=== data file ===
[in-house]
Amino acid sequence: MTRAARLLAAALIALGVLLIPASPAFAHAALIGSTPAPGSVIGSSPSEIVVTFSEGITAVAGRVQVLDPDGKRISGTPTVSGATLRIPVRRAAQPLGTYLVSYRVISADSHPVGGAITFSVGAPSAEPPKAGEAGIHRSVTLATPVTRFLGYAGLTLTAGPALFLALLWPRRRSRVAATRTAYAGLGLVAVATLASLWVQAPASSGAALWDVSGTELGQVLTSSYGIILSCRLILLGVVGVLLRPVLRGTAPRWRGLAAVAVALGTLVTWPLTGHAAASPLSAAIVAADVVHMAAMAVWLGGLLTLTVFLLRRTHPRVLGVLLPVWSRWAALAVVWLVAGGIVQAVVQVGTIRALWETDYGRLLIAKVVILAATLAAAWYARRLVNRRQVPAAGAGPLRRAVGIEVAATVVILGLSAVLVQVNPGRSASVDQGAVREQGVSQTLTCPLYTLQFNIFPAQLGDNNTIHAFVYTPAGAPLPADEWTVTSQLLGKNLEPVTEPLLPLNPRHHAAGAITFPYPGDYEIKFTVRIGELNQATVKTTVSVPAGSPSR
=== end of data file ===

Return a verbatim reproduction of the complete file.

[in-house]
Amino acid sequence: MTRAARLLAAALIALGVLLIPASPAFAHAALIGSTPAPGSVIGSSPSEIVVTFSEGITAVAGRVQVLDPDGKRISGTPTVSGATLRIPVRRAAQPLGTYLVSYRVISADSHPVGGAITFSVGAPSAEPPKAGEAGIHRSVTLATPVTRFLGYAGLTLTAGPALFLALLWPRRRSRVAATRTAYAGLGLVAVATLASLWVQAPASSGAALWDVSGTELGQVLTSSYGIILSCRLILLGVVGVLLRPVLRGTAPRWRGLAAVAVALGTLVTWPLTGHAAASPLSAAIVAADVVHMAAMAVWLGGLLTLTVFLLRRTHPRVLGVLLPVWSRWAALAVVWLVAGGIVQAVVQVGTIRALWETDYGRLLIAKVVILAATLAAAWYARRLVNRRQVPAAGAGPLRRAVGIEVAATVVILGLSAVLVQVNPGRSASVDQGAVREQGVSQTLTCPLYTLQFNIFPAQLGDNNTIHAFVYTPAGAPLPADEWTVTSQLLGKNLEPVTEPLLPLNPRHHAAGAITFPYPGDYEIKFTVRIGELNQATVKTTVSVPAGSPSR